MICHAEL WHITE asks if it is now or never for remainers to stop Nigel Farage’s political rise.
Who did most corrosive harm to the tone of public debate on our television screens these past few days? Nigel Farage getting fake-furious with the BBC’s mild-mannered Andy Marr? Belgium’s Guy Verhofstadt for thinking it would be a good thing to cooperate with a local filmmaker’s fly-on-the-wall documentary about Brexit? Or Jeremy Kyle just being Jeremy Kyle, the star of ITV’s daytime exploitation circus?
Obviously none of them had a good media week. Kyle’s show was pulled after the suspected suicide of a guest who felt humiliated. Farage lost it when confronted with some motor-mouth outrages from his past much of which he denied saying, even when presented with archive evidence. For his part, the irrepressible Verhofstadt felt able to be Vince (“Bollocks to Brexit”) Cable’s star canvasser after the Liberal Democrats launched their European election campaign. He was filmed knocking on a single token door. A Lib Dem voter opened it! Defo a bad idea.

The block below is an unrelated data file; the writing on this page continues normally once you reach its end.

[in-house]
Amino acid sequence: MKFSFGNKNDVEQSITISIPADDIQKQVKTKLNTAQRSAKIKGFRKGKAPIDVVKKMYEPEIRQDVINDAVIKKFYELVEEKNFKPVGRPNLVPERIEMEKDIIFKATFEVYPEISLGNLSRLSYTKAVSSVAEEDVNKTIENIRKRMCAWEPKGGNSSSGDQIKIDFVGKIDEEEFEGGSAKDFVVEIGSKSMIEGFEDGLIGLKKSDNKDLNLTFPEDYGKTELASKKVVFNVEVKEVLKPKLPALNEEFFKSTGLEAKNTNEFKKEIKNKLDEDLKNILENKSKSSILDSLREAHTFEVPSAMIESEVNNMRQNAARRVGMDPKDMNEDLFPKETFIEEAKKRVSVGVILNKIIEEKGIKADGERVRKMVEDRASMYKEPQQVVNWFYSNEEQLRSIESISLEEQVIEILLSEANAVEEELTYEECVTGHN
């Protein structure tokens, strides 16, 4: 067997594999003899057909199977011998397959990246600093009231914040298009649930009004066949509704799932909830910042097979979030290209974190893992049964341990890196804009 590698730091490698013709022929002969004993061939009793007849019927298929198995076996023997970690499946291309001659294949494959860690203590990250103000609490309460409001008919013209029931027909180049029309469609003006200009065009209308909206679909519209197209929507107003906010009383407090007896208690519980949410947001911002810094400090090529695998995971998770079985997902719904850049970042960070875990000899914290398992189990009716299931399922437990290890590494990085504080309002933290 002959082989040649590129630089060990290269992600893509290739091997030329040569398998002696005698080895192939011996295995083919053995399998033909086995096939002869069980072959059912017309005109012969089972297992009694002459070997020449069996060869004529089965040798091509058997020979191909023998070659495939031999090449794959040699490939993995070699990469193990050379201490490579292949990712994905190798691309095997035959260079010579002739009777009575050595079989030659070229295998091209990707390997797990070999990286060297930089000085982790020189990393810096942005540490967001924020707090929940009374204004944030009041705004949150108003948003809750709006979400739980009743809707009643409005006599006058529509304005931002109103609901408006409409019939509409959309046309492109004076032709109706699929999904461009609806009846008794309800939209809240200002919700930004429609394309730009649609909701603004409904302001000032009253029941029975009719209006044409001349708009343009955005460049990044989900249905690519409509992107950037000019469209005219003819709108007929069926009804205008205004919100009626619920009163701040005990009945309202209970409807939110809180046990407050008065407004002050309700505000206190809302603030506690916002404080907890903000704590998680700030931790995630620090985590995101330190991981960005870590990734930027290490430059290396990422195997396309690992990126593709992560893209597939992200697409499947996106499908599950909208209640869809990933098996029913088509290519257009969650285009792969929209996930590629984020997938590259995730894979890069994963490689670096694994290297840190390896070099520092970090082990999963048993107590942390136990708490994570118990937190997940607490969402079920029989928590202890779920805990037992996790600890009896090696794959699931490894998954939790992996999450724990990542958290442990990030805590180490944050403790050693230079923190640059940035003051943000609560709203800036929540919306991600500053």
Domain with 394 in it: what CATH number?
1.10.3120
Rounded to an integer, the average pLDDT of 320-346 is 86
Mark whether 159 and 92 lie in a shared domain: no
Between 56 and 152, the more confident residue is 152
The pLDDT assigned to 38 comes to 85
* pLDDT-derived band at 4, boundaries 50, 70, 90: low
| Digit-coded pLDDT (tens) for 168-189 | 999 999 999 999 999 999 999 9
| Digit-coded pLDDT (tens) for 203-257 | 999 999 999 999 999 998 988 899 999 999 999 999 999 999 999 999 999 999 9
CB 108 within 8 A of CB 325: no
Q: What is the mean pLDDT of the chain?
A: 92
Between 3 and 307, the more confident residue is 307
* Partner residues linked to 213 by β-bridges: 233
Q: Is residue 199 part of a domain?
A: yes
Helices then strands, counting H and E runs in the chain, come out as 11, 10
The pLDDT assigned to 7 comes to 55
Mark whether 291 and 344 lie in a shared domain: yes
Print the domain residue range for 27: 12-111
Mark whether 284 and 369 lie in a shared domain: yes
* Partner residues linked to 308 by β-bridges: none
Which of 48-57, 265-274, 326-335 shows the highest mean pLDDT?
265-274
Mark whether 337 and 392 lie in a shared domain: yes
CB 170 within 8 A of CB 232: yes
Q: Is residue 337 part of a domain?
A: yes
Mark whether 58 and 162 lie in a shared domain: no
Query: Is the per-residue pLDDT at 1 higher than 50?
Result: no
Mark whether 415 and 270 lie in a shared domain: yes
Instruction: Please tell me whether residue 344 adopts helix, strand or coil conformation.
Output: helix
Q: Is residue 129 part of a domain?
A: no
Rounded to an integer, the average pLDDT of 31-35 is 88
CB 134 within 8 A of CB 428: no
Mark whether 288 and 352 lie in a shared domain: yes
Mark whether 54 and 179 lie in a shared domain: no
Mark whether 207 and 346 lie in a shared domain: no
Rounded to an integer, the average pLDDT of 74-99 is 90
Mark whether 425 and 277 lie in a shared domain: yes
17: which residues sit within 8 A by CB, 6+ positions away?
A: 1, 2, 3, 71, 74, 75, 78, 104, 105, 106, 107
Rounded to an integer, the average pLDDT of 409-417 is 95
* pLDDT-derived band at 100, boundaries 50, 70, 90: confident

Perhaps Verhofstadt thought it was suitable atonement for his role in BBC Four’s Brexit: Behind Closed Doors programmes, whose cockily disdainful (“…finally turned them into a colony…”) tone rightly enraged pro-Leave activists.
How dare gap-toothed Guy and his minions show on-air contempt for “pathetic” Theresa May and her inept British negotiating tactics! “That’s our job,” the Moggsters failed to add as they closed in on their prime minister and her hopes of a dignified job-done departure later this year.